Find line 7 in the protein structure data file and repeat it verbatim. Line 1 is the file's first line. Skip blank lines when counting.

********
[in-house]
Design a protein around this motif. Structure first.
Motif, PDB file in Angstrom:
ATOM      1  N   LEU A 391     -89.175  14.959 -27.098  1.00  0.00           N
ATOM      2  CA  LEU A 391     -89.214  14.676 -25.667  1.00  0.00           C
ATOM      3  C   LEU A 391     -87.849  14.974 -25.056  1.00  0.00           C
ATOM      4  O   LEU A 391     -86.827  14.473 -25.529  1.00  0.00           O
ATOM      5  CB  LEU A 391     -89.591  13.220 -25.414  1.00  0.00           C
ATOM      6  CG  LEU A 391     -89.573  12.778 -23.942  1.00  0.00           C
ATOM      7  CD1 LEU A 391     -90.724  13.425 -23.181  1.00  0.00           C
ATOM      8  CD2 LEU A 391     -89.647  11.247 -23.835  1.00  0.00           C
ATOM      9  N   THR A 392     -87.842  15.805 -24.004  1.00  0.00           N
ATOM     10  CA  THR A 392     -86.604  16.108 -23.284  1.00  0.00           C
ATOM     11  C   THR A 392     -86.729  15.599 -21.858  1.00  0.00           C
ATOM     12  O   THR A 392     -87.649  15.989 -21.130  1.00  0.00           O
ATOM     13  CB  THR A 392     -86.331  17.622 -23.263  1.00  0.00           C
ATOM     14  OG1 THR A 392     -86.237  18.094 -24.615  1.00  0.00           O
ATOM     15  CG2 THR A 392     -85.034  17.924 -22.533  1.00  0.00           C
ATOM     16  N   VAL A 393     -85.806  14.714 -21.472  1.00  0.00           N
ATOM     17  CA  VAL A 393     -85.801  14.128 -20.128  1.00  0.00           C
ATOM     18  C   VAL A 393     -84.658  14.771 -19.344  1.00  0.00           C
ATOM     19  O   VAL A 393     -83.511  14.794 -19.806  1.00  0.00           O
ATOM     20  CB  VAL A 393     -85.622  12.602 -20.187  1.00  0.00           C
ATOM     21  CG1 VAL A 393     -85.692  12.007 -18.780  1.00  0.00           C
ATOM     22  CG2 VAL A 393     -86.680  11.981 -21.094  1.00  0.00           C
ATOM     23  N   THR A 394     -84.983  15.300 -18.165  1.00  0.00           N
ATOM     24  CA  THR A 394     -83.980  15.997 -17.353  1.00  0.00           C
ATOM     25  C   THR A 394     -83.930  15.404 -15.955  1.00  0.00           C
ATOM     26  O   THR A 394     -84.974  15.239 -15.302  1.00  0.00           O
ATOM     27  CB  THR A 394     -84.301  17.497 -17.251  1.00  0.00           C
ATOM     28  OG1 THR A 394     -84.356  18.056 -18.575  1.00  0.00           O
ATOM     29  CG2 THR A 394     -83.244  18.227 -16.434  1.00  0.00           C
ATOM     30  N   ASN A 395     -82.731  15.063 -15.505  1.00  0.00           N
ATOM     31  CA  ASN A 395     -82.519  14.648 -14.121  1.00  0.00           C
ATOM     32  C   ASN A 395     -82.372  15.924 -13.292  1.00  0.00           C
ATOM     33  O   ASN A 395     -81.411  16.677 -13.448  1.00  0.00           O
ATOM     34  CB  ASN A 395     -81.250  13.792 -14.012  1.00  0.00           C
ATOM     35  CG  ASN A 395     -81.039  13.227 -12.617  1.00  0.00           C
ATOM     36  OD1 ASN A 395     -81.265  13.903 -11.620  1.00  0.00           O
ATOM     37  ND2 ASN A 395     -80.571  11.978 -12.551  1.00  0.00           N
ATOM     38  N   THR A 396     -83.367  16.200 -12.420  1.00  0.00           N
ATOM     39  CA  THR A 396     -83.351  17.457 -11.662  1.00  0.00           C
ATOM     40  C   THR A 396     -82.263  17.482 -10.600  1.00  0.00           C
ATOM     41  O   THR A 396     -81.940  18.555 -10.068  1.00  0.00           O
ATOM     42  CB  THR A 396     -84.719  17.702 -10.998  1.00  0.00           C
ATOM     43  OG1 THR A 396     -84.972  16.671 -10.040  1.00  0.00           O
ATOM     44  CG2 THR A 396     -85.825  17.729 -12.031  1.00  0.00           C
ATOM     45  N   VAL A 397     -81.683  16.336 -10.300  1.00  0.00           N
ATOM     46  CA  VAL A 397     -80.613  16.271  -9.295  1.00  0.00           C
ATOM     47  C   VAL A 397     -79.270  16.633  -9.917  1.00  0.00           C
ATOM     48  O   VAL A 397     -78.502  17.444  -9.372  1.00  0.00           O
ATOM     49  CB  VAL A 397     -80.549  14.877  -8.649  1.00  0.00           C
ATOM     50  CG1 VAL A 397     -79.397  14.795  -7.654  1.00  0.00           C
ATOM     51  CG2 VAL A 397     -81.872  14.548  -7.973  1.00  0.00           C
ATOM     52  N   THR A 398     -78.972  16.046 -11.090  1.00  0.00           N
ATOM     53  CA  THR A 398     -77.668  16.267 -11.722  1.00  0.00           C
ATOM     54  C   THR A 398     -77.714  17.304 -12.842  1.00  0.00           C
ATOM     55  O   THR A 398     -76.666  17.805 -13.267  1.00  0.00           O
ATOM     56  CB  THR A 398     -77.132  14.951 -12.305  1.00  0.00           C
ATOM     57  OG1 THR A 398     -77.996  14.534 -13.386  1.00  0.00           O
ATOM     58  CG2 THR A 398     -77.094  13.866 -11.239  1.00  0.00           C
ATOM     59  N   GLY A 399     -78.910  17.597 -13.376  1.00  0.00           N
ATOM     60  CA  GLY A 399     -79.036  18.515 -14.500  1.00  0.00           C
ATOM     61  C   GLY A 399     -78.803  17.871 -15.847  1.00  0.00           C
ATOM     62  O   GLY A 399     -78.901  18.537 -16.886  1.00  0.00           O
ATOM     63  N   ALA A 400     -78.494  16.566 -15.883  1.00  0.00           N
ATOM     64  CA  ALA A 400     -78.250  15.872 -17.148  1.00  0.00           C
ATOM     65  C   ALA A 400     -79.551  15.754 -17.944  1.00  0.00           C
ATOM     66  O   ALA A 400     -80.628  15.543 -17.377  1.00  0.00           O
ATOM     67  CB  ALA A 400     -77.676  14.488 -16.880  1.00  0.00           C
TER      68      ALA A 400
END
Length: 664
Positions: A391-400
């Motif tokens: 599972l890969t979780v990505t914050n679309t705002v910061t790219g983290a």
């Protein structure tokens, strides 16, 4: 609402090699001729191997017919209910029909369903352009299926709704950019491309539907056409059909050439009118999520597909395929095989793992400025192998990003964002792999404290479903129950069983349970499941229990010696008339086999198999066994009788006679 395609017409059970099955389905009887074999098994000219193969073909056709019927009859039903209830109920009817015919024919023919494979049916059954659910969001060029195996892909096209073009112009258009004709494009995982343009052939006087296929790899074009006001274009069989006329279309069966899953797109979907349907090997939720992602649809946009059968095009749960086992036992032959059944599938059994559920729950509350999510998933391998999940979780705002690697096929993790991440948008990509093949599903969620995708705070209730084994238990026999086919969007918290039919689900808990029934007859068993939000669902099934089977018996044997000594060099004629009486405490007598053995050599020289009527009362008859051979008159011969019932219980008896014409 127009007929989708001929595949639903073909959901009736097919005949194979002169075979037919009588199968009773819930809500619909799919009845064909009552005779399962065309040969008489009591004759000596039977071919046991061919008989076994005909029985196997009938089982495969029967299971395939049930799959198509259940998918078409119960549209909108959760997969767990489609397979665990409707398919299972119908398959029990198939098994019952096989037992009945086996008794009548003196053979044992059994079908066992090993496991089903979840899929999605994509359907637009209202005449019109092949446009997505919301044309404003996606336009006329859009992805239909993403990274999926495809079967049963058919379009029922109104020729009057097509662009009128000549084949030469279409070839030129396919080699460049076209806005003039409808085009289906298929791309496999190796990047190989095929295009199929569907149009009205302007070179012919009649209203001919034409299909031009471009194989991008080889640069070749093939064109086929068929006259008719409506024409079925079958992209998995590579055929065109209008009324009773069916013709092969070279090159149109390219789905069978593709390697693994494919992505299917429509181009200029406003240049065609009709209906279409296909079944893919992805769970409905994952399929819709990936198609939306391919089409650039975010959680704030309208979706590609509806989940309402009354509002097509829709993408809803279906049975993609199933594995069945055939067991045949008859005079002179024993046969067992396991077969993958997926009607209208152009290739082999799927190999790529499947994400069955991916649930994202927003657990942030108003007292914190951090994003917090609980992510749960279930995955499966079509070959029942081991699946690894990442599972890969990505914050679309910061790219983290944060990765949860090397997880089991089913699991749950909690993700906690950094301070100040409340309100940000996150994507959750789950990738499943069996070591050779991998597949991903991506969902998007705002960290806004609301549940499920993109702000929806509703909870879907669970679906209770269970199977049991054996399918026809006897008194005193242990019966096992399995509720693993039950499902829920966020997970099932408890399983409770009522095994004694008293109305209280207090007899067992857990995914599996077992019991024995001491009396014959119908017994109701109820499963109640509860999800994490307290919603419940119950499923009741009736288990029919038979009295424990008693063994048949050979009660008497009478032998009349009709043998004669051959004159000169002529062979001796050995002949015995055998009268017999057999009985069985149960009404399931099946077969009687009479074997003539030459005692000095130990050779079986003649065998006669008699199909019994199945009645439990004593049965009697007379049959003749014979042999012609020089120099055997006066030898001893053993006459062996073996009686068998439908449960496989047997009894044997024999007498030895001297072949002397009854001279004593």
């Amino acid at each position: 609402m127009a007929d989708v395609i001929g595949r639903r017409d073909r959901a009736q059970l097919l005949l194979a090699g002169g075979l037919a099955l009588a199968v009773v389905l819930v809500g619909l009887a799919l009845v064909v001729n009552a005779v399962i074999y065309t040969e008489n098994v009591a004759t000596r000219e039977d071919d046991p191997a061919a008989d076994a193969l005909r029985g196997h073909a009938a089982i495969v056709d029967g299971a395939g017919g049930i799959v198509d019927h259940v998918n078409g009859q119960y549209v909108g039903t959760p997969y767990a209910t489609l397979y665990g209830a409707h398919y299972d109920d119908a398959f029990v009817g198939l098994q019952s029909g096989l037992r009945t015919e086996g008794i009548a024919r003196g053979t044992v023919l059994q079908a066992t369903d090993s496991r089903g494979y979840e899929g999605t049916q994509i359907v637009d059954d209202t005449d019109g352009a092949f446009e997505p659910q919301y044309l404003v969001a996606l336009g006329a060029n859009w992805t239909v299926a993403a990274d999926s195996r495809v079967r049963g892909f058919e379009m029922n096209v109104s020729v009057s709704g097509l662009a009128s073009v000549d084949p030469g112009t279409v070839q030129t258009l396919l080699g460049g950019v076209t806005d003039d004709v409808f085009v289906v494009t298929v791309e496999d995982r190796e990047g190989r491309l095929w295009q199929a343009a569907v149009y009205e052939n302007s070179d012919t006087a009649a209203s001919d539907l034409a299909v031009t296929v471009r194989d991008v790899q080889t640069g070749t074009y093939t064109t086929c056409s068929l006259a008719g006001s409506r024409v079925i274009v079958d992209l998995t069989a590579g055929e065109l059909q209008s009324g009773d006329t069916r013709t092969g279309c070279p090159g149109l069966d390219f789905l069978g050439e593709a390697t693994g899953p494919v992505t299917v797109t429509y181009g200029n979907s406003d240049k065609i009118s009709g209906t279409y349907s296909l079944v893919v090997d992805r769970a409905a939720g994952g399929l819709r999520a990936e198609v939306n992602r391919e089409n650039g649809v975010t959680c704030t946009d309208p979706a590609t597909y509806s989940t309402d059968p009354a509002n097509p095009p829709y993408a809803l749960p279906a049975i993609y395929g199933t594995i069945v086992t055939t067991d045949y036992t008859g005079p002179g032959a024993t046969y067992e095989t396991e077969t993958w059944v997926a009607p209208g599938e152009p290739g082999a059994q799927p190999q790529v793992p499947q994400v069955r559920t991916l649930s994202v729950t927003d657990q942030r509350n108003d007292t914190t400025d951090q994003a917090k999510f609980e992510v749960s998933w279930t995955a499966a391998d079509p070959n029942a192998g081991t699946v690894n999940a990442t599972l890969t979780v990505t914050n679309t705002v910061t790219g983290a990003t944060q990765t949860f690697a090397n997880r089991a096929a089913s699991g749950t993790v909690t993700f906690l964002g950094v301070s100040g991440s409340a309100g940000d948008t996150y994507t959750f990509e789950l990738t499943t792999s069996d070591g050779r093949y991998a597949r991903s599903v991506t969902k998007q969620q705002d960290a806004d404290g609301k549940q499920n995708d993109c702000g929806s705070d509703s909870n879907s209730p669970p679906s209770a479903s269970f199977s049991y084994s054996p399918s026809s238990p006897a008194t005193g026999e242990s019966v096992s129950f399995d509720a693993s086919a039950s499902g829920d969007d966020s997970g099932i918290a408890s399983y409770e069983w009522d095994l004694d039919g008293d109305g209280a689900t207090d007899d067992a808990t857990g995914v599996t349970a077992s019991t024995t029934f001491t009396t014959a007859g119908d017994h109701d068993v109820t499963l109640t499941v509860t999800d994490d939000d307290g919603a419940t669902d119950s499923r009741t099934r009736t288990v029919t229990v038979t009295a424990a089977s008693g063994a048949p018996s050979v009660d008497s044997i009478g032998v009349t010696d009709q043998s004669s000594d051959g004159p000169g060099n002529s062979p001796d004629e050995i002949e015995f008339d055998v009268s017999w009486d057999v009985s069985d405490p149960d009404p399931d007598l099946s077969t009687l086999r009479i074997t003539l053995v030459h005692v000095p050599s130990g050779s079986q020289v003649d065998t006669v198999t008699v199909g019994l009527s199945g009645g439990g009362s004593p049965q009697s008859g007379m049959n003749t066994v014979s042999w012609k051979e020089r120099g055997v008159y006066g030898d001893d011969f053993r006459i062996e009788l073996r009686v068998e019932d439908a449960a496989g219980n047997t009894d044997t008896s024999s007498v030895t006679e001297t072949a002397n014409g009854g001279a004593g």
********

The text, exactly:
ATOM      4  O   LEU A 391     -86.827  14.473 -25.529  1.00  0.00           O